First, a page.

Navigating the unprecedented, global uncertainty of the coronavirus pandemic is complicated and difficult for large companies. And for small businesses, these challenges, difficulties, and extreme uncertainties about how – and more importantly – when we’ll all get through can be devastating. As the reality of Coronavirus and COVID-19 evolves, we see more and more linchpin in the way small businesses do business and use social media to support these linchpin. I see that small businesses use social media in response to COVID-19 is divided into the following 4 categories.
How Small Businesses Use Social Media in Response to COVID-19
Small businesses use social media to communicate with customers
Yes, of course you have always communicated with your customers and potential customers via your social media channels, but now the content of the article has changed as follows:
- Book adjusted operating hours.
- In the earlier days of the coronavirus outbreak, communicate what additional measures employees have taken to ensure a clean environment in their stores and facilities.
- To share modified business processes such as a restaurant that closes its dining room and moves to To Go, transit and delivery orders, or new delivery methods such as leaving an order on the porch to avoid direct hand-to-hand contact.
I see a much higher than normal use of the “Pinned Post” function, which both Facebook pages and Twitter offer. This is a great way to keep your most important information at the top of your page. Also, keep in mind that many customers first view a small business’s social media profiles, knowing that businesses and customers will find the easiest way to update in real time. Checking websites for information such as opening hours is unlikely to give you the most up-to-date information, since updating a website is usually a more difficult and time-consuming task for many small businesses.
Small businesses use social media to build community and help
In my region, there are two uses of social media forever that stand out to me, from a local Memphis radio station and restaurants that have the staff to handle larger grocery orders. FM100 Memphis has launched Free Commercial Friday, which invites local small businesses in the air to run a free 30-second radio ad for their small business. When I heard it myself, I was so happy to listen to the little business love! It is a wonderful gesture that other radio stations can easily implement to support the small businesses in their community.
Small businesses use social media to chat and teach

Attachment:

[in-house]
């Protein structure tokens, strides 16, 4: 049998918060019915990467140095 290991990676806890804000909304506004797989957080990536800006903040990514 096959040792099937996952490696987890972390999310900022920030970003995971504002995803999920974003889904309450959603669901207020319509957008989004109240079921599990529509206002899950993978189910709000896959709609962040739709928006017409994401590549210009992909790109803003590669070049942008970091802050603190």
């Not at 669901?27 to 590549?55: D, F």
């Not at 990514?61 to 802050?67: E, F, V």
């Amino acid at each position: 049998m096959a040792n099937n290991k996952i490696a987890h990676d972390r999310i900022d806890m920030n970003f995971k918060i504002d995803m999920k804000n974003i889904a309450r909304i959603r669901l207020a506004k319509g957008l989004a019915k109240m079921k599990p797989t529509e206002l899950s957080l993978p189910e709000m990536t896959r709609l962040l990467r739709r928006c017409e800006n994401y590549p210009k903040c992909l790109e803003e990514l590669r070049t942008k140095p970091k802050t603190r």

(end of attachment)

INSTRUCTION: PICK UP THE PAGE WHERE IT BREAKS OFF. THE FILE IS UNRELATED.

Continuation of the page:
Some companies have to close temporarily because the size of the gatherings is limited, and they find other ways to serve their customers. The Cincinnati Zoo changed to what it calls Home Safari Facebook is alive every day of the week. Memphis Zoo created Zoo Dude and a number of Virtual Wild Encounters. You have published a weekly schedule that includes Facebook, Twitter, Instagram and YouTube.
You may have seen some videos circulating online Wellington the Penguin at the Shedd Aquarium in Chicago. Wellington becomes a real star thanks to live streaming excursions through areas of the aquarium.
Where’s Wellington now? 🐧 This little rockhopper went on a tour of Shedds Wild Reef … and he’s not alone! Some of the Magellan penguins who call Shedd home joined this penguin party and examined this huge habitat. pic.twitter.com/NcKkOtGdPw
– Shedd Aquarium (@shedd_aquarium) March 21, 2020
My personal favorite comes from the National Cowboy Museum. They have given their Twitter account to their security chief since the museum was temporarily closed. It’s safe to say that Tim’s Twitter chops cut one tweet after another.
This is the hat and eye patch that the Duke wore in the True Grit movie. They are part of our exhibition on the 2 True Grit. Lots of interesting props and clothes. I was told I can’t try it on. Hashtag John Wayne. Lucas, my grandson, told me to use hashtags. Thank you, Tim pic.twitter.com/yNO3RP4uA4
– National Cowboy Museum (@ncwhm) March 17, 2020
Small businesses use social media to pivot
Gyms and fitness facilities of all kinds have to be closed, and some use Facebook pages or Facebook groups to stream classes and workouts for their members. In my region, a family-owned children’s art company has focused on putting together art sets for sale to generate revenue while the stationary location is temporarily closed. They publish a photo of each kit, the scope of delivery, the price, the payment options as well as the delivery or collection options. People comment on WANT and have to send payment through either PayPal or Venmo to get their kit. Each kit has a different theme and a set number is available for each kit.
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